Starting HomeSchooling, Christian How to HomeSchool

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First Steps to Homeschooling

  • John Holt & Patrick Farenga
  • Updated Aug 02, 2019
First Steps to Homeschooling

Broadly speaking, there are three steps you need to take in order to start homeschooling:

1. Know Your State's Laws and Regulations.

To find out what the laws or regulations are in your state contact someone who is currently homeschooling in your area. Local homeschooling groups are usually the best source of precise information about how to fulfill the requirements of the law in your area (see appendix D). Many state groups have information packets for new homeschoolers that include information about laws and regulations. See the listings for support groups in the appendix to find one in your area.

You can find the actual wording of your state's law under "compulsory education" or "school attendance" in a courthouse or law library, or you can write to your State Department of Education for a copy of the current regulations. In general, some states require you to submit an education plan to your local district, some require you to file simple documents with the your respecive state's department of education, and some allow you to register your home as a private school. Remember, you do not have to be a certified teacher to homeschool in any state.

In addition to being the best source of current information about laws and regulations, homeschooling support groups can help you meet a lot of people at once and can tell you about local activities. Support groups often have newsletters and meetings and sometimes organize field trips, sports teams, writing clubs, book discussion groups-whatever appeals to the families involved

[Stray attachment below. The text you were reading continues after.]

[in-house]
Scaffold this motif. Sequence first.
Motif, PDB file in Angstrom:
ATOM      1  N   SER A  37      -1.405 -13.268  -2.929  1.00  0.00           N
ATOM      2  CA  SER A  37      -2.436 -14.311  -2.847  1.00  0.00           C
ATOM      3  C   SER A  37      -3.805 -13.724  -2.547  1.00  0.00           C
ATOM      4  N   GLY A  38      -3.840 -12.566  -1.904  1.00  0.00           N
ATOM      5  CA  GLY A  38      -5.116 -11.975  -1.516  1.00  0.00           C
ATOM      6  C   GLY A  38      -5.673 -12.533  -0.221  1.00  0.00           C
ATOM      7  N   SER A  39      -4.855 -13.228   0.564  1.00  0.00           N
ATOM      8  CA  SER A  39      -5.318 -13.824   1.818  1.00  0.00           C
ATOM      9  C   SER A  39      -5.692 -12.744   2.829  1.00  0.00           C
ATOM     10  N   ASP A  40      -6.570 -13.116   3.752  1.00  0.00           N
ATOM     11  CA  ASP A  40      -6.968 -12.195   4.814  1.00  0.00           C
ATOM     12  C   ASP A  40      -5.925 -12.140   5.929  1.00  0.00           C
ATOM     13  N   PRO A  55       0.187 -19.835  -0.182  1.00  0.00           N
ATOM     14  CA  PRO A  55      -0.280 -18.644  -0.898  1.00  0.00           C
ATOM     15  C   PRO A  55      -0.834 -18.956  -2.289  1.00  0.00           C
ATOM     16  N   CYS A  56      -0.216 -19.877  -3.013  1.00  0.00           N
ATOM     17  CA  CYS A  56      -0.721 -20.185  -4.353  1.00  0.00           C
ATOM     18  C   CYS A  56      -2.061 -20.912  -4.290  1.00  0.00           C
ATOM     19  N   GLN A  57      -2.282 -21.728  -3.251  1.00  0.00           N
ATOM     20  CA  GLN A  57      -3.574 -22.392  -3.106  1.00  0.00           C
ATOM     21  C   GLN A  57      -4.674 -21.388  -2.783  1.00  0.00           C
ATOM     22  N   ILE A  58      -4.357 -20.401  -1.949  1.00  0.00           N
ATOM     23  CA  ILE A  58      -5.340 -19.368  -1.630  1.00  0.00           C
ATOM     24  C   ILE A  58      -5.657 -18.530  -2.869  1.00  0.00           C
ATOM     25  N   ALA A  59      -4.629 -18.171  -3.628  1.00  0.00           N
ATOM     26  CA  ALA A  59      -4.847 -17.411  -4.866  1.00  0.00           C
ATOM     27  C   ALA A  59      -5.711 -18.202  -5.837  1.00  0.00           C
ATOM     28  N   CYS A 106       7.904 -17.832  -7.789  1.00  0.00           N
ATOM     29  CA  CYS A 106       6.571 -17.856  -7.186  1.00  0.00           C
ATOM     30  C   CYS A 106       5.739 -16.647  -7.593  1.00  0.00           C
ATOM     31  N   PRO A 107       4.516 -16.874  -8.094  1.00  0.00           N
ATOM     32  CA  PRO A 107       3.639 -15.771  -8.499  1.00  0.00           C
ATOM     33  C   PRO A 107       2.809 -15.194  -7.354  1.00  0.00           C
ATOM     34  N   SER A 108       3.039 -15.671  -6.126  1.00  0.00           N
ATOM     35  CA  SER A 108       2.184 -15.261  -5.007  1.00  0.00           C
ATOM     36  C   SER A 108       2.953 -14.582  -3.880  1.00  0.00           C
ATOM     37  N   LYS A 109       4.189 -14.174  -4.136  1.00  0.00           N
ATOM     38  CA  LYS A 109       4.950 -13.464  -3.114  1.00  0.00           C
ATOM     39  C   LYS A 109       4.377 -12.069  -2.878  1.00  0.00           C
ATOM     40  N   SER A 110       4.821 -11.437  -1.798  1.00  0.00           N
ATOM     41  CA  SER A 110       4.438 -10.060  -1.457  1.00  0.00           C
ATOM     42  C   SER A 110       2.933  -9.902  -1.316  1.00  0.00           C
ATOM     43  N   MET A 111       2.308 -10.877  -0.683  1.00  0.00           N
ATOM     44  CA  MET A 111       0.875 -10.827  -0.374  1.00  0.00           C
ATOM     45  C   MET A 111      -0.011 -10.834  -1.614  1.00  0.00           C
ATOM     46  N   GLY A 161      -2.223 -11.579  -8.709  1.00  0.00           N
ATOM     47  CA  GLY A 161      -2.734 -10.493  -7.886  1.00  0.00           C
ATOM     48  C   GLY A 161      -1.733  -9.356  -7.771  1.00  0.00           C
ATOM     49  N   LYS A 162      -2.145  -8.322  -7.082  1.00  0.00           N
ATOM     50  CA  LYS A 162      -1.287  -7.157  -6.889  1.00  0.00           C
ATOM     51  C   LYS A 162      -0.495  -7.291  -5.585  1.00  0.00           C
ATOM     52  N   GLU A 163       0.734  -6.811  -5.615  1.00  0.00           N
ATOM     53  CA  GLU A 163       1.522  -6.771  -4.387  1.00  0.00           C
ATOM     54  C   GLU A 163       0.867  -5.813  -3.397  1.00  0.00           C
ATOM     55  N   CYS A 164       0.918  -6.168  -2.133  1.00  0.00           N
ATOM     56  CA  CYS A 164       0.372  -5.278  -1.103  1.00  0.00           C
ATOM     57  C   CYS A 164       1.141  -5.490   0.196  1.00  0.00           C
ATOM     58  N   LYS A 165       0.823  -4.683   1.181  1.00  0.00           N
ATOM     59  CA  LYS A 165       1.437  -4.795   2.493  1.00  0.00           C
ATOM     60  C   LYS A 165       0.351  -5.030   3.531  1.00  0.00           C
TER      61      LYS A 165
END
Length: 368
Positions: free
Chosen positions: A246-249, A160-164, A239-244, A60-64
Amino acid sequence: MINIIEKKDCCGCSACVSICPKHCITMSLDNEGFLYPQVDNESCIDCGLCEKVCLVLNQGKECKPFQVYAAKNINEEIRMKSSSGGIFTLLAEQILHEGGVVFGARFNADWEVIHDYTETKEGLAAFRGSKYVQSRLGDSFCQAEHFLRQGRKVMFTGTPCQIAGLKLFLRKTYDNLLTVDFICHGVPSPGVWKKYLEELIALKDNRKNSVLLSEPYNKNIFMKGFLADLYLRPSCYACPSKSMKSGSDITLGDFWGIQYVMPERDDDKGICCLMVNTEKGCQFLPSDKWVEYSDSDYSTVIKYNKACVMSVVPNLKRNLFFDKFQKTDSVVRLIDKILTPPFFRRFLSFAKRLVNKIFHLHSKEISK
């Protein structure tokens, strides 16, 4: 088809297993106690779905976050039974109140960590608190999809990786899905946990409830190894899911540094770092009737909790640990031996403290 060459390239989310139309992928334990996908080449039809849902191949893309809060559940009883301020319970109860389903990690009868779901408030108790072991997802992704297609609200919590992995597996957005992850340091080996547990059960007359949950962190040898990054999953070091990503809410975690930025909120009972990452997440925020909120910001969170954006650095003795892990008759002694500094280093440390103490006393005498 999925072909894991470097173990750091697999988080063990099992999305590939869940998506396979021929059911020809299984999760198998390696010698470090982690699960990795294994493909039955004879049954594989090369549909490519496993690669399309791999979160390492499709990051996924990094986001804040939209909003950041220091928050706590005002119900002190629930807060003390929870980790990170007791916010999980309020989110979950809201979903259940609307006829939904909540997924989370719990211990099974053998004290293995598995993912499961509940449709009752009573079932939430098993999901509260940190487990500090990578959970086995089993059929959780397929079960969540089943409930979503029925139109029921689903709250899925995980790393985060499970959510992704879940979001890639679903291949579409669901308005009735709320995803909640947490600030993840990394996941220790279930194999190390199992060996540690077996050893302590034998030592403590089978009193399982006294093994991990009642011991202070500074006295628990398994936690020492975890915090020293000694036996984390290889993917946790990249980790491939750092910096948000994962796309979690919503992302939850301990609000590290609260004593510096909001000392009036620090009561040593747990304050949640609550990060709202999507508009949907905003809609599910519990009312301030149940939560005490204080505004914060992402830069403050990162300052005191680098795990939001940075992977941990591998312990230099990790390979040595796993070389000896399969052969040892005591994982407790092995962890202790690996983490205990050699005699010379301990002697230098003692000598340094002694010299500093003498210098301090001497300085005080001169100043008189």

2. Develop Your Curriculum.

I need to emphasize that you don't need a packaged curriculum in order to homeschool successfully. You can write your own curriculum based on your family's philosophy of education and change or adapt it as needed throughout the year and not run afoul with educational authorities. Many private schools have vastly different curricula from public schools. For instance, in schools using the educational philosophy of Rudolf Steiner, usually called Waldorf schools, children aren't taught to read until they've lost their eyeteeth, which is often later than when they would be taught in public school.

Many alternative schools, such as the Albany Free School in New York State or the Sudbury Valley School in Massachusetts use no set curricula at all-you can, too. Think of the resources available in your community: libraries, museums, historical sites, courthouses, specialty shops, nature centers. Think of adults you know who can share a skill, answer a question, allow your children to observe or help them at work. Think of real-life activities: writing letters, handling money, measuring, observing the stars, talking to older people. These are some of the ways that homeschoolers learn writing, math, science, and history. Talking with other homeschoolers will give you further ideas.

Some families like to have an idea of what is expected of kids in school at various ages. You can ask a local schoolteacher, principal, or school board member for a copy of the curriculum outline for the grade your child would be in; some are happy to share this information, some are not. If you can get a copy of your school's curriculum, use it as a guide but don't make yourself follow it rigidly; one of the biggest advantages of homeschooling is that you don't have to operate exactly as school does or make your child follow the same timetable. Another useful document is the Typical Course of Study, K-12 free pamphlet (see Appendix A, subsection Homeschooling).